AroAro wrote:Yes, I know these numbers but it is still a puzzle. I'm speaking from the perspective of a not so important country in the middle of Europe. Offering to kids Spanish in schools - language of a country lying on the outskirts of the continent, with shaky economy and high unemployment rate is not something I can logically grasp. Schools could offer just as well Hindi/Urdu because it has a similar number of speakers and I can assure you that Latin America (where most of these native Spanish speakers live) is just as exotic to us as India, China or Japan.
I suspect that may be due to the popularity of Spain as a tourist destination combined with the (relative) simplicity of Spanish when we're talking about Europeans learning Spanish.
Obviously in the Americas it's a bit of a different story.
Tourism probably plays a part, but Spanish is not simple, at least for Norwegians, and in Norway Spanish started to get really popular already in the 1980s, when I started learning it. There were two types of Spanish students I met at the university back then: those who loved Spain because of its culture, its people and their way of life, and those who had been to Latin America as volunteers in a peace project or relief effort and planned on returning to help poor and oppressed people in Central American republics like Nicaragua or El Salvador. Also, let us not underestimate the economy of Spain. Sure, they have a lot of problems, but looking at the big picture thy have had an incredible growth since they became a democracy less than 50 years ago, and Spain has made and is making a lot of contributions to science, medicine and engineering as well as literature, cinema and music. They are an important player in the EU and other international organisations, and Spanish is one of the five official languages out the UN.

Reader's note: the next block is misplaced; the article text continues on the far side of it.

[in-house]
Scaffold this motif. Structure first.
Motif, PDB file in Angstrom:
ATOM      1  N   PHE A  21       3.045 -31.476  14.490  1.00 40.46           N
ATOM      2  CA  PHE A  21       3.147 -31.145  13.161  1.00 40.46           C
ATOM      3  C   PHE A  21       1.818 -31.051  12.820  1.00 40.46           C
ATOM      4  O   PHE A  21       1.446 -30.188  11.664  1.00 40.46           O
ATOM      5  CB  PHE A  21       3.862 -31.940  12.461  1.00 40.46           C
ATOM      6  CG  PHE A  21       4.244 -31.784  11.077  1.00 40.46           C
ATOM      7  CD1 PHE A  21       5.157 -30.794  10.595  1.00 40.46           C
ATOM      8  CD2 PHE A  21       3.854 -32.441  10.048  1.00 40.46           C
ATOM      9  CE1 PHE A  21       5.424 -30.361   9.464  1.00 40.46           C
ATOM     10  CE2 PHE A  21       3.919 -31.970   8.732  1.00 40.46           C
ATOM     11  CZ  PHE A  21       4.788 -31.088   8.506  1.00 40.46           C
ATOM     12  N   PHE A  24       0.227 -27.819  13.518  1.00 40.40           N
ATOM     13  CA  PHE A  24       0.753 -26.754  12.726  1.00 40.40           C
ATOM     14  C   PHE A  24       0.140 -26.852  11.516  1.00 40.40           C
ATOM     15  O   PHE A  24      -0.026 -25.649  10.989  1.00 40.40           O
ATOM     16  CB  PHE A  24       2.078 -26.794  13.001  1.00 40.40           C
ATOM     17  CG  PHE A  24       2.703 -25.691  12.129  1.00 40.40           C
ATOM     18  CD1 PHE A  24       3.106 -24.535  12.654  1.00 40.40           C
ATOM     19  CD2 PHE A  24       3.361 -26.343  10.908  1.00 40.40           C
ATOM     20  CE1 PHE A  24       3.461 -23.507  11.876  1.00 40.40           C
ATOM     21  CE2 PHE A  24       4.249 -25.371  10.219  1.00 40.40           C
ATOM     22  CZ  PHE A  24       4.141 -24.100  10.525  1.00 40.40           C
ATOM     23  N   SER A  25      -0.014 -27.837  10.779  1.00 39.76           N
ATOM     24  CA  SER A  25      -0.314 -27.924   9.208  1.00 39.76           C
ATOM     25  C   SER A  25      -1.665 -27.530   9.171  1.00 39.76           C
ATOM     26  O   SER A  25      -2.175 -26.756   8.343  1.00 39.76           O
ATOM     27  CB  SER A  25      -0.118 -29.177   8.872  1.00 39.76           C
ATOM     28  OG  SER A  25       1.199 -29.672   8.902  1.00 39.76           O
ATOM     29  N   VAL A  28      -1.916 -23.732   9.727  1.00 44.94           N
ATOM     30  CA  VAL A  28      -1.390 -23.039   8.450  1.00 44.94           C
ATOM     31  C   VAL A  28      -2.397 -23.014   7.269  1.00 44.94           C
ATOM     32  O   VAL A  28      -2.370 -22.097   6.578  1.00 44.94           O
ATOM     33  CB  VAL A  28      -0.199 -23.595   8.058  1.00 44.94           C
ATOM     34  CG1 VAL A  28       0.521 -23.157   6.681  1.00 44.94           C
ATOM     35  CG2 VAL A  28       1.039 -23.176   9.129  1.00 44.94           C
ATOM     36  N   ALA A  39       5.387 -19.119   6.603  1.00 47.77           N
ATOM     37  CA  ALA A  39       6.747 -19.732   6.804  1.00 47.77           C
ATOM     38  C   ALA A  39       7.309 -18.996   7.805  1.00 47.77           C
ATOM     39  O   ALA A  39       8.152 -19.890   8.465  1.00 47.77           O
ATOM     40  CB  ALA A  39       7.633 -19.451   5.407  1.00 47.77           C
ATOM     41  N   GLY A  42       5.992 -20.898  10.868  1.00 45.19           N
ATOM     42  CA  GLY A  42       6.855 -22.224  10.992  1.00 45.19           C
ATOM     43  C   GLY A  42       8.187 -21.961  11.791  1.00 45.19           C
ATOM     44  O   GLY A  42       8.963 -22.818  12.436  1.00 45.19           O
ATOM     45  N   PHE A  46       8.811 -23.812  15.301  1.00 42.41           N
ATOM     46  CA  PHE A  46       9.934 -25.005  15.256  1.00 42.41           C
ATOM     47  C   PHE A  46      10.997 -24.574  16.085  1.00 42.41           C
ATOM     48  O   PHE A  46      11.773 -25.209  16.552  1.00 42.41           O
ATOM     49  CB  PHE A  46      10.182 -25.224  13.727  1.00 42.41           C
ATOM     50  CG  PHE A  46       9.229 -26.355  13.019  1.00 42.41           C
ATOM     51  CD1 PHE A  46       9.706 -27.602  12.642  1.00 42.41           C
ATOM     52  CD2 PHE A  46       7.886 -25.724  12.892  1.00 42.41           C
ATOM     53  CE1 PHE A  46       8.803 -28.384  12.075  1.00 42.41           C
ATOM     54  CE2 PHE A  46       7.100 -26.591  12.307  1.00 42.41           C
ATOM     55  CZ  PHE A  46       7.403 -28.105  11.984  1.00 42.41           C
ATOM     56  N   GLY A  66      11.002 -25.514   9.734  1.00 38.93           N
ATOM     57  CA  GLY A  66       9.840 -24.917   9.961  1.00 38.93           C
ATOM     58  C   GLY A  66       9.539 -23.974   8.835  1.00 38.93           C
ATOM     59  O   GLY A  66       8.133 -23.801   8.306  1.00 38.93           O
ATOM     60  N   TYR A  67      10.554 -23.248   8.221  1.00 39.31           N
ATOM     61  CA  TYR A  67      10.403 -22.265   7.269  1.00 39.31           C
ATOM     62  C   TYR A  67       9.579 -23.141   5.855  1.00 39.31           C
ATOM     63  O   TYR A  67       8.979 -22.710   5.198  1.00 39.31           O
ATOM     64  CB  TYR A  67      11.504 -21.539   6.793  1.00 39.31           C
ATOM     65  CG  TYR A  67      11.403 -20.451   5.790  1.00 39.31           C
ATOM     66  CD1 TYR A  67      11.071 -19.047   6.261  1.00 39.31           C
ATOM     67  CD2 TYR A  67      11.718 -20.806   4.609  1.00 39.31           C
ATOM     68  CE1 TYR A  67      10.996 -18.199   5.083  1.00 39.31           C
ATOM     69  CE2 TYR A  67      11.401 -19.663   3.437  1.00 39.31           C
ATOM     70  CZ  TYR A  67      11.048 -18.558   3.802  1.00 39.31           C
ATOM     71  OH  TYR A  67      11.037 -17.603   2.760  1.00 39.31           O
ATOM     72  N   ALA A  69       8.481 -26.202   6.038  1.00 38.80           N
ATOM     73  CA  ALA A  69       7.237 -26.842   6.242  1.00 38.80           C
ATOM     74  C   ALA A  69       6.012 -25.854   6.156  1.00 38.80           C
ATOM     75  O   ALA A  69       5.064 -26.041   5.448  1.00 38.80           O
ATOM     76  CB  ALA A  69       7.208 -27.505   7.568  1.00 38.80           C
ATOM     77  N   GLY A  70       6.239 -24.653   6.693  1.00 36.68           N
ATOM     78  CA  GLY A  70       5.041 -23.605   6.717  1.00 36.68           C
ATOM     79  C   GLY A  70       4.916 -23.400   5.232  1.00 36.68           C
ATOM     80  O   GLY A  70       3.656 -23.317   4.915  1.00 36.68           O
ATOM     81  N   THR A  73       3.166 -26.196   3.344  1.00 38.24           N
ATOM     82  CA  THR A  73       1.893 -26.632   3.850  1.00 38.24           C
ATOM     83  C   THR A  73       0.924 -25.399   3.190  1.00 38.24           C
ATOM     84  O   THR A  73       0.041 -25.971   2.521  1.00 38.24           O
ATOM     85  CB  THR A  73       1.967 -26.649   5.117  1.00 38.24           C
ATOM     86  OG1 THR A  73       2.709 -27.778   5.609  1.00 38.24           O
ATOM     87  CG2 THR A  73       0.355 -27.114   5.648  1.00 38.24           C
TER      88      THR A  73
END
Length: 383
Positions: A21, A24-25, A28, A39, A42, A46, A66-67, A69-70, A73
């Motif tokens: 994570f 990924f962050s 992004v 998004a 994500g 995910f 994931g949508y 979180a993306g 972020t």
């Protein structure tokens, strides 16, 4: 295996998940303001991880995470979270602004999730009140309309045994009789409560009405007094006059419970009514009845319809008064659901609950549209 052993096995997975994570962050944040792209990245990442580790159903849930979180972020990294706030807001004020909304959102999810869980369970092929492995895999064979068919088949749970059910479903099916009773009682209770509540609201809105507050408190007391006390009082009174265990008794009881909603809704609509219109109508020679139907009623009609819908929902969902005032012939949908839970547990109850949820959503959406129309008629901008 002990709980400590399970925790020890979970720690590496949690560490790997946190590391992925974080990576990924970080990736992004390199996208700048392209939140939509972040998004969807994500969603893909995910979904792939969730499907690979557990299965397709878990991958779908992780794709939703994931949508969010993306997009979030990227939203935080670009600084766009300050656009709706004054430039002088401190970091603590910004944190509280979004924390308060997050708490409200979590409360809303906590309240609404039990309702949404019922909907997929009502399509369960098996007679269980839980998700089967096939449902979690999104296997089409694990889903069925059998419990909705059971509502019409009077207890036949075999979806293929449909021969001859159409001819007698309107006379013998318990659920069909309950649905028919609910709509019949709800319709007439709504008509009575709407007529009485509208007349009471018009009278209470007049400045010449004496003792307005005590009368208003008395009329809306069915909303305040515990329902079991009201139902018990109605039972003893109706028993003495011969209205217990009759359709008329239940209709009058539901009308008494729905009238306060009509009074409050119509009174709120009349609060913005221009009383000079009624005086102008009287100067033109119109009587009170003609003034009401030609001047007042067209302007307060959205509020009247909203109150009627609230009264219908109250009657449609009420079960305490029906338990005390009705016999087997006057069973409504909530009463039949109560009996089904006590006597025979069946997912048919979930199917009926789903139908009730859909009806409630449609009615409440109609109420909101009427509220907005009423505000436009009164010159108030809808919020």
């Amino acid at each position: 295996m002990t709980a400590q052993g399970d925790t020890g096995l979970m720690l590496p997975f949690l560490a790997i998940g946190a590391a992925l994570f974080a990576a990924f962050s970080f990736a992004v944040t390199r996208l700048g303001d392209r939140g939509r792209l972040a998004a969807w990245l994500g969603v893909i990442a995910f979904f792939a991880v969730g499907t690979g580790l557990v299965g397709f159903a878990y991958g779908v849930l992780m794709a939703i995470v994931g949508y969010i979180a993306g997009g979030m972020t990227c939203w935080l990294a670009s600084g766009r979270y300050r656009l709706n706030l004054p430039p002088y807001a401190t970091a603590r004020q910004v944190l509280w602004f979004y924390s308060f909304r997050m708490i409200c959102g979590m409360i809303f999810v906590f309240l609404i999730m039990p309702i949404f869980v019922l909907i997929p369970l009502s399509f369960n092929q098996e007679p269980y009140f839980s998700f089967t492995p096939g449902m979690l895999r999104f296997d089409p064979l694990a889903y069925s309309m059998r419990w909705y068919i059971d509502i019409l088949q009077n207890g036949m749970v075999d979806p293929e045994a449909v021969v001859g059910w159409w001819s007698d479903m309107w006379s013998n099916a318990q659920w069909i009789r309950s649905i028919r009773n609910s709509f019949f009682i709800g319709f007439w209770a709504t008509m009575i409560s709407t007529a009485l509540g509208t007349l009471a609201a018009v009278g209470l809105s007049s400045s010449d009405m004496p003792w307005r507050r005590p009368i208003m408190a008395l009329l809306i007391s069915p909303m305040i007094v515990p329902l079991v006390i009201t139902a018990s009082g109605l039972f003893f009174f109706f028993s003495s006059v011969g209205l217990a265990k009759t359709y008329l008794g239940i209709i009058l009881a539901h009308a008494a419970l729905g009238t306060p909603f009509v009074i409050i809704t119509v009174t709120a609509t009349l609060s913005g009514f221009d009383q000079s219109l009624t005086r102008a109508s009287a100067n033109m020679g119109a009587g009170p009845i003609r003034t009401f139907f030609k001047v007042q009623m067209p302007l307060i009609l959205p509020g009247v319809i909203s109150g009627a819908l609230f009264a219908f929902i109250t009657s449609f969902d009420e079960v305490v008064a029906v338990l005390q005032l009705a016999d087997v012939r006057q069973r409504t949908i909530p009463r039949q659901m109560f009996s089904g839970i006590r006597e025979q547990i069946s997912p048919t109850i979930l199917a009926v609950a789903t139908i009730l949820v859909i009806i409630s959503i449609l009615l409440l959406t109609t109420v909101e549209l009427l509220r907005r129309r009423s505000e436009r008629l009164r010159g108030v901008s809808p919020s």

My point is that although socio-economic status can be important, cultural and political aspects are just as important. Obviously, in school they will mostly offer the "important" languages, which in Europe are English, French, Spanish and German, probably in that order at least in the Nordic countries. I am not surprised that Spanish is one of them.
Personally, leaving aside those languages I learnt in school, I have never thought about socio-economic factors when choosing to learn a language. For me it is about the cultural richness of the language, its literature or, as in the case of Romansh, the fascination with a really small minority language with unique linguistic features and a quite vibrant cultural scene in spite of the very limited number of speakers.